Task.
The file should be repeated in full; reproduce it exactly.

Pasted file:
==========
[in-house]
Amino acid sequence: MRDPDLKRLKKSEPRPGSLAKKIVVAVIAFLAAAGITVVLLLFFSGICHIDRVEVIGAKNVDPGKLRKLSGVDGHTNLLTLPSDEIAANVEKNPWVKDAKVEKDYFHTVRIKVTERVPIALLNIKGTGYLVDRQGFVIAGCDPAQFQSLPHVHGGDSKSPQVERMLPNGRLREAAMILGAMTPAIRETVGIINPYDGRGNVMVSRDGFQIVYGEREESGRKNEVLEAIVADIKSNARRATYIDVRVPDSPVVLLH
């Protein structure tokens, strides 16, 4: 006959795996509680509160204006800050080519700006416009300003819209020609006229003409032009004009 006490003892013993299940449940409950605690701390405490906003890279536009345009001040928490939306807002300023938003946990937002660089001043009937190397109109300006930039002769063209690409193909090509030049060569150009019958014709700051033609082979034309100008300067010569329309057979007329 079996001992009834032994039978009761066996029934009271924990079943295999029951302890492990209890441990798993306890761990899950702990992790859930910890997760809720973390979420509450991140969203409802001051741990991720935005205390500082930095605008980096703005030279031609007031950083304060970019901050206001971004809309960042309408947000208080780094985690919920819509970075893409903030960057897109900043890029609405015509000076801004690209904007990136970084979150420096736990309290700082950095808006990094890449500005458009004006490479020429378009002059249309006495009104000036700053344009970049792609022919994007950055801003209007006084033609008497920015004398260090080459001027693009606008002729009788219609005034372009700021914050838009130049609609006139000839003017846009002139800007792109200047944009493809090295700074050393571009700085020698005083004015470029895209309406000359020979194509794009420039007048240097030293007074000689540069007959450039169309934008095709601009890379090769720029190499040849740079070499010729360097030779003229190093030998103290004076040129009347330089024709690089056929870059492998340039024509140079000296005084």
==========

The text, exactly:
[in-house]
Amino acid sequence: MRDPDLKRLKKSEPRPGSLAKKIVVAVIAFLAAAGITVVLLLFFSGICHIDRVEVIGAKNVDPGKLRKLSGVDGHTNLLTLPSDEIAANVEKNPWVKDAKVEKDYFHTVRIKVTERVPIALLNIKGTGYLVDRQGFVIAGCDPAQFQSLPHVHGGDSKSPQVERMLPNGRLREAAMILGAMTPAIRETVGIINPYDGRGNVMVSRDGFQIVYGEREESGRKNEVLEAIVADIKSNARRATYIDVRVPDSPVVLLH
């Protein structure tokens, strides 16, 4: 006959795996509680509160204006800050080519700006416009300003819209020609006229003409032009004009 006490003892013993299940449940409950605690701390405490906003890279536009345009001040928490939306807002300023938003946990937002660089001043009937190397109109300006930039002769063209690409193909090509030049060569150009019958014709700051033609082979034309100008300067010569329309057979007329 079996001992009834032994039978009761066996029934009271924990079943295999029951302890492990209890441990798993306890761990899950702990992790859930910890997760809720973390979420509450991140969203409802001051741990991720935005205390500082930095605008980096703005030279031609007031950083304060970019901050206001971004809309960042309408947000208080780094985690919920819509970075893409903030960057897109900043890029609405015509000076801004690209904007990136970084979150420096736990309290700082950095808006990094890449500005458009004006490479020429378009002059249309006495009104000036700053344009970049792609022919994007950055801003209007006084033609008497920015004398260090080459001027693009606008002729009788219609005034372009700021914050838009130049609609006139000839003017846009002139800007792109200047944009493809090295700074050393571009700085020698005083004015470029895209309406000359020979194509794009420039007048240097030293007074000689540069007959450039169309934008095709601009890379090769720029190499040849740079070499010729360097030779003229190093030998103290004076040129009347330089024709690089056929870059492998340039024509140079000296005084």